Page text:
Hacker News new | comments | show | ask | jobs | submit login

I'm sympathetic to your point, but I fear that the worst offenders are among those least likely even to read the guidelines, much less adhere to them.



Unfortunately I agree, it is no big secret that tech as a segment has a fairly sizable portion of it's population with smartest guy in the room syndrome. The problem with smartest guy in the room syndrome is they already know the answer. Therefore they are not information seekers and they disregard anything that is objective to their world view. It is what killed Slashdot and sadly it is becoming unbearable here. Self policing does not help with this personality type, because they have no vested interest in anything other than everyone seeing them as the smartest guy in the room. Their concern about the community only extends to their recognition. It is a self centered world view and therefore I don't think that self enforced measures will work on this personality type. I almost think a third measure is needed, like a flag as abusive. Knowing that they can be flagged as abusive (even if the system dumps the flag and does not use it in any calculations). Will cause them to reflect on the policy, as it directly threatens their ability to use HN as a platform for self glorification.


HN does have up votes, down votes, and a third flag option.

You have to view an individual comment to get the flag option. I'm not sure what the down votes are for. "This comment does not belong on HN", maybe.

I have no idea what the flag is for. "This content is so bad it needs to be removed, not just hidden", perhaps.

I agree with your post though! I'd be wary about having too many options for marking posts.


Currently downvotes are simply "I disagree" (causing plenty of good comments to pile at the bottom, side-by-side with spam/hate/douchebaggery).


"Currently downvotes are simply "I disagree" "

My observation is that downvotes also signify comments that have one of more errors of fact. Of course "fact" is also open to interpretation and not absolute.

You could say "you can only be President for two terms of 4 years each" but someone could dispute that because Roosevelt was President for longer or because in their country that is not the case. Etc.

A downvote because of inaccuracy without a comment isn't very helpful of course.


Originally a downvote meant that the comment was impolite, stupid humor, or way off topic. If it was incorrect or you disagreed, you were expected to say why. I personally dont like driveby downvotes.


I like this post a lot. It perfectly sums up why I quit reading Slashdot. There was a time when reading Slashdot posts could expose you to new ideas, real world examples of technical solutions, and other people trying to learn more. Now it's mostly pedantic sniping, and lame cliched jokes from socially frustrated wankers.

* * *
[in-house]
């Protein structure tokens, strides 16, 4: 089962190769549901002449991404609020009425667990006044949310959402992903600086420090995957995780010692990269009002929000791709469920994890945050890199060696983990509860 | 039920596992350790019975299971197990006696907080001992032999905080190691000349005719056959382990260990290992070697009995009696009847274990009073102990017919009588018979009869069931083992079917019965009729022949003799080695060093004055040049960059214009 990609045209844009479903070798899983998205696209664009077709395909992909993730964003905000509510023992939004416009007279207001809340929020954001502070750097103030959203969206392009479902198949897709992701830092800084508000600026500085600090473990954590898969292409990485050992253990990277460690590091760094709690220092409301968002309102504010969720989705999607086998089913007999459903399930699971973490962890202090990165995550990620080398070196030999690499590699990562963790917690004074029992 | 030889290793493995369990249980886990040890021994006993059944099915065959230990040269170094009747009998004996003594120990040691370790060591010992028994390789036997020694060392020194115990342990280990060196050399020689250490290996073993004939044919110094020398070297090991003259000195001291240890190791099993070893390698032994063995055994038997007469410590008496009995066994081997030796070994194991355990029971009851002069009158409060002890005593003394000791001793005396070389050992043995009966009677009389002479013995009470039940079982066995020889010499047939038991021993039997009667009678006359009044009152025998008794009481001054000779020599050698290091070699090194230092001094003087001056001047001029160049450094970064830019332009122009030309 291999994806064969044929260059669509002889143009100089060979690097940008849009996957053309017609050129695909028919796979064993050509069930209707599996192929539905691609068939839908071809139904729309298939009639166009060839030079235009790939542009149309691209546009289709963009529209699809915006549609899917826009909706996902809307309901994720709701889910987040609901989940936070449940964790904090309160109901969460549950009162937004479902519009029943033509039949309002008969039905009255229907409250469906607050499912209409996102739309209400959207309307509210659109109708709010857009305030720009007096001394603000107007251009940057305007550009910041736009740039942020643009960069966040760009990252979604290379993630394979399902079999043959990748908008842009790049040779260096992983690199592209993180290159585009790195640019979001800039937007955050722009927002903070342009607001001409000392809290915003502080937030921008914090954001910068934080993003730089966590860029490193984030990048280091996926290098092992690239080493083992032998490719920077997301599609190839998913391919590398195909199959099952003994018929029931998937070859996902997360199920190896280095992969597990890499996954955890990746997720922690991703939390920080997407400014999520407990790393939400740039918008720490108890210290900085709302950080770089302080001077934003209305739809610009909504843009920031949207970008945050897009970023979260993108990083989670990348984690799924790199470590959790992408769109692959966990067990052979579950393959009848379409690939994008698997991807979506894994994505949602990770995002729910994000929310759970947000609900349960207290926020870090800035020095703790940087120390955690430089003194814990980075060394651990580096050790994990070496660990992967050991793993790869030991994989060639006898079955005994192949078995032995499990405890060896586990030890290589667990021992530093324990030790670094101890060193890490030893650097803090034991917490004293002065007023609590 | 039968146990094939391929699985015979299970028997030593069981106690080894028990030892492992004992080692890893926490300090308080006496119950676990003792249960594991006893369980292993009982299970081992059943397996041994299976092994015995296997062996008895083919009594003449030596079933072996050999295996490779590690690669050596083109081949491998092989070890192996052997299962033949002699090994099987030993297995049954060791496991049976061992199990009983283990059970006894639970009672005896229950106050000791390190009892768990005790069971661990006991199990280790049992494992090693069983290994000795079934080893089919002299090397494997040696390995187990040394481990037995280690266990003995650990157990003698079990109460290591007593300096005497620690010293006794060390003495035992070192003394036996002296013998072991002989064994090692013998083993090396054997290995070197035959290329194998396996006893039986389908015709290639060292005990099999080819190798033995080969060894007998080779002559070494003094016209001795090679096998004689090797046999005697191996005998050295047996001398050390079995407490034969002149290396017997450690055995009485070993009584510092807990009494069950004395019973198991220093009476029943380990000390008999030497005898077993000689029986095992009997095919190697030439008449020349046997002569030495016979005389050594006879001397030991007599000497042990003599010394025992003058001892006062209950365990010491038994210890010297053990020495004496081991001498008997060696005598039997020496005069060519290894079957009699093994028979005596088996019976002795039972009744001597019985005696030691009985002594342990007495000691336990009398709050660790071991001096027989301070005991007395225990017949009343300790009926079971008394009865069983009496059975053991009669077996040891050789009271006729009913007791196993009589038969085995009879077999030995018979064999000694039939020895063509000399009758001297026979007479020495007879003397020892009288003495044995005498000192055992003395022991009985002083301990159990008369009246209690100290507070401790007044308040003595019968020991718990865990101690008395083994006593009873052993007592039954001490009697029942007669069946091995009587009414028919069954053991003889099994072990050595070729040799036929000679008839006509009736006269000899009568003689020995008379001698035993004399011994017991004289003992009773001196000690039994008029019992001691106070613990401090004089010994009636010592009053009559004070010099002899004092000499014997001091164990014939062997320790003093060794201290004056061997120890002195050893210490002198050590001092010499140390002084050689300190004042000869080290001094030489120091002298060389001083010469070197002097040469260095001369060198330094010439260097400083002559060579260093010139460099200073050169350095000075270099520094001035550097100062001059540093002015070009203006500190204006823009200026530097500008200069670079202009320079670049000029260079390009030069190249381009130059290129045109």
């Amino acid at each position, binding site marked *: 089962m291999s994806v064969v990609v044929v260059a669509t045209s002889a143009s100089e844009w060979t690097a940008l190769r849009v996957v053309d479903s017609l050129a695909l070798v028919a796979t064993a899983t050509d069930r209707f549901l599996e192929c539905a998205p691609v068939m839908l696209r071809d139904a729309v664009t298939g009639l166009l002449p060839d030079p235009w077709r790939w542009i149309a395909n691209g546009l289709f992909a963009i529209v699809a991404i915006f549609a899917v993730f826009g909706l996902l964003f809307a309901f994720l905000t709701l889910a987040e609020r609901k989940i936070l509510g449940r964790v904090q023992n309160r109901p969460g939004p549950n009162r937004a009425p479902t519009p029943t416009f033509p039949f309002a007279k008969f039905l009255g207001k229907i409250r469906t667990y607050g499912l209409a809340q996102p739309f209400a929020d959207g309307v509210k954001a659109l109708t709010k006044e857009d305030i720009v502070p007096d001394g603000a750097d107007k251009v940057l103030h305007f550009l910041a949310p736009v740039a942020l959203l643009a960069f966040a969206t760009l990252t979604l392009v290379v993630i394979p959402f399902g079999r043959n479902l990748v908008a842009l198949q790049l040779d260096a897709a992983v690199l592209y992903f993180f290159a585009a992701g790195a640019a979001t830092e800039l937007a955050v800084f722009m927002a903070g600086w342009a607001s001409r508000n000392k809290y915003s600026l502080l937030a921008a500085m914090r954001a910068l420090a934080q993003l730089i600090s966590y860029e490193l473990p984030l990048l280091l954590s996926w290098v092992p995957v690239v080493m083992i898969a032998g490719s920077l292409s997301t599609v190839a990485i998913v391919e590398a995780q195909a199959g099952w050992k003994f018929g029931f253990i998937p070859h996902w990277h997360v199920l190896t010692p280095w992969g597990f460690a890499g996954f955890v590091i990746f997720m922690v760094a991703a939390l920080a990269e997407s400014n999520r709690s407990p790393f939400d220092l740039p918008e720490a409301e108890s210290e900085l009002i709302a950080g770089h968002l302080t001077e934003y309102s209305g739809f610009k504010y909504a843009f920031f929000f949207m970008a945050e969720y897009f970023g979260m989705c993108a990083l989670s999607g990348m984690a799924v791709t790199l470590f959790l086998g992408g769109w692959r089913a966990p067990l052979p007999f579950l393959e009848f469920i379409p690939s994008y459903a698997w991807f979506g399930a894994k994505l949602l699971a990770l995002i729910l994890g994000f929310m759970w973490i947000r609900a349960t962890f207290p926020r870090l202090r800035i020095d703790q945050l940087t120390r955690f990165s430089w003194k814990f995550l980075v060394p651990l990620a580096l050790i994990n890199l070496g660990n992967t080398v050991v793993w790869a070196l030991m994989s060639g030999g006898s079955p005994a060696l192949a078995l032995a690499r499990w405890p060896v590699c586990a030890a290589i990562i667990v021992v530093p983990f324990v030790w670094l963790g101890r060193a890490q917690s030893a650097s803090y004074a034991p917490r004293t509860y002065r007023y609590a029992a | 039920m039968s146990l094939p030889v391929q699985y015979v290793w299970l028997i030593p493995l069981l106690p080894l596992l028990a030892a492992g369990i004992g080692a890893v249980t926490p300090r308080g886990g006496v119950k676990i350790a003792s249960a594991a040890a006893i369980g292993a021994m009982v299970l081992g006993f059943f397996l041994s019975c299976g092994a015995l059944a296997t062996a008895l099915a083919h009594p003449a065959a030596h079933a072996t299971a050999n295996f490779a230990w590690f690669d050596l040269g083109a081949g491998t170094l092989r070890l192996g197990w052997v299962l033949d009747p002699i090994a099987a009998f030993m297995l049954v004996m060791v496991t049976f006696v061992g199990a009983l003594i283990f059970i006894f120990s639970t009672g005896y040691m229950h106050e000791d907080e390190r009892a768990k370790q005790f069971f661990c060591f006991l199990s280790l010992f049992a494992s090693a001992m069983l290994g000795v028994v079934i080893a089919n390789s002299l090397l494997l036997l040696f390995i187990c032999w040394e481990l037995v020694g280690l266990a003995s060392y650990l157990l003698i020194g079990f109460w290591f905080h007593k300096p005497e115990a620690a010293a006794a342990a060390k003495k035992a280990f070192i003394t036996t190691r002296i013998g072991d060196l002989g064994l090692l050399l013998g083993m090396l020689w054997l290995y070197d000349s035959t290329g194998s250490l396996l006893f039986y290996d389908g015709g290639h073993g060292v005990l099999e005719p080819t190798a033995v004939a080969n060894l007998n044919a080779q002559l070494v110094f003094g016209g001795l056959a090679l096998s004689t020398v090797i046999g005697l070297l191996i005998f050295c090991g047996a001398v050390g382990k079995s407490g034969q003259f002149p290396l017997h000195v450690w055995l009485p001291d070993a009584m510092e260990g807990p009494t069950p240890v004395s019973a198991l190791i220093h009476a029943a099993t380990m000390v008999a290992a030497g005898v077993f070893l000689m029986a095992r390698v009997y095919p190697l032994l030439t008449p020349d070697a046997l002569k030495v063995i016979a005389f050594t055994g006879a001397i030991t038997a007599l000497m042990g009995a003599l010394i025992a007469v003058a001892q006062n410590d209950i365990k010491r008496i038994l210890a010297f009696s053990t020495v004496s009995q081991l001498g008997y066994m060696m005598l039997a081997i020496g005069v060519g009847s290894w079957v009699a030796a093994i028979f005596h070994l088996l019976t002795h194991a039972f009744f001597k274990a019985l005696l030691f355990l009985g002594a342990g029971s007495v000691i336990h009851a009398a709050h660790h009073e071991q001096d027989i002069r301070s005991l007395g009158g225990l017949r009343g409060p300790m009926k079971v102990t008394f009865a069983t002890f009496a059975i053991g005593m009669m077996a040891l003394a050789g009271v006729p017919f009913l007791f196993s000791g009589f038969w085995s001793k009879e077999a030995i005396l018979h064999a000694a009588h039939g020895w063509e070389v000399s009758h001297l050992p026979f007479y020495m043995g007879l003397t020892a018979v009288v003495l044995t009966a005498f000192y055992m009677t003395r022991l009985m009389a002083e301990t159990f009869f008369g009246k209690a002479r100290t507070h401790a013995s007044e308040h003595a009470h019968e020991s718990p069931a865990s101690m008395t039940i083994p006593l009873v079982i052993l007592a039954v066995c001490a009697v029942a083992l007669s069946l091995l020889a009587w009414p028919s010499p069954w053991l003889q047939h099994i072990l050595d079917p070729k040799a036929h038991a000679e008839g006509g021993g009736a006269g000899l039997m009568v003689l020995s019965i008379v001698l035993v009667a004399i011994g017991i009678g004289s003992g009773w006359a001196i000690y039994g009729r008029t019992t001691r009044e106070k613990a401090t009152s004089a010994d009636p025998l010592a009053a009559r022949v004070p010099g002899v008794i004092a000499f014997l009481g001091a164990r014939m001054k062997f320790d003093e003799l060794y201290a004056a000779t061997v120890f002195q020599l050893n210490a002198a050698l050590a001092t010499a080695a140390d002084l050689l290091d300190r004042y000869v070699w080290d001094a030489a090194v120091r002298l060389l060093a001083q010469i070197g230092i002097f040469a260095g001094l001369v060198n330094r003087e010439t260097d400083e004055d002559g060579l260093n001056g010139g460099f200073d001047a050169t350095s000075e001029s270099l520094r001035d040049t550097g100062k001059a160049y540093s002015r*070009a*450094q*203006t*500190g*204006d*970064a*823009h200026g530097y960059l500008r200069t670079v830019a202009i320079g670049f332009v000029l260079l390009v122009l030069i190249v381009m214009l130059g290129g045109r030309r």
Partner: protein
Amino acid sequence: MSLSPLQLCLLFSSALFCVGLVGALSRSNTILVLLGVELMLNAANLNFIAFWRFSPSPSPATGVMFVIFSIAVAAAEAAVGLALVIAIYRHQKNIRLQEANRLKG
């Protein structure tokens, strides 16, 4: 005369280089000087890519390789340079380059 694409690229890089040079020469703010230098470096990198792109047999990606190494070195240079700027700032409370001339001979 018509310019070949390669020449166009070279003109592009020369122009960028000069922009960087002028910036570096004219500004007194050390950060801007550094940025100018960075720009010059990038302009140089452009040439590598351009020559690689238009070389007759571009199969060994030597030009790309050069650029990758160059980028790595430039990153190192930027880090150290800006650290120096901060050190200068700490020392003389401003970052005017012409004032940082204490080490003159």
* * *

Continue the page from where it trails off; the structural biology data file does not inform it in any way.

I do most of my reading on Reddit (front page reddits are just cotton candy, but there are good ones to be found). I only started reading HackerNews about a year ago, and mostly just for the articles from lesser known blogs that don't get posted on Reddit. Being something of a HackerNews newbie I haven't been around long enough to notice a change, but I hope it doesn't go the way of Slashdot.


It's good that you bring that point up. I disagree with you, and if I could be so bold, I'll paraphrase tptacek's post above: communities are built on principles that goad people to excellence, not forbid them from mediocrity. Communities are built by principles, not by laws. I firmly believe this, and it's why I agree that more good will come on HN from stating what people OUGHT to do instead of listing the kinds of behaviours they oughtn't engage in.


True, but wouldn't it better rally the rest of the community to keep those offenders in line? If their harmful comments don't get upvotes, they lose their audience.


Yes, that's true. However, giving proper guidelines can help in a lot of cases. When a person uses a site for the first time, he'd search at least somewhat for some basic guidelines. After that, he'd be tied to the same routine, and might not easily change with the changing guidelines.

I know that the worst offenders won't read the guidelines, but a little faith in the rest of them would go a long way improving the quality of content on this site.


Exactly.

There is not going to be a "one-size-fits-all" solution to this problem. A multi-faceted solution including both technical and non-technical elements would likely work best.

The easiest part of the solution to implement would of course be the text in the vicinity of the comment box. This text would establish certain core tenets that we can all vote on with Paul.

The technical aspect of the solution could monitor how often certain users are being down voted. The down-vote history of an account could then be used to "weigh it down" somewhat, so that it takes more up-votes in the future to bring their comment to a higher position on the page.


That is okay, they don't have to do that.

So long as it is a group norm to do adhere to the guidelines those who don't will be downvoted and their conduct will have little influence on the community.




Guidelines | FAQ | Support | API | Security | Lists | Bookmarklet | Legal | Apply to YC | Contact

Search: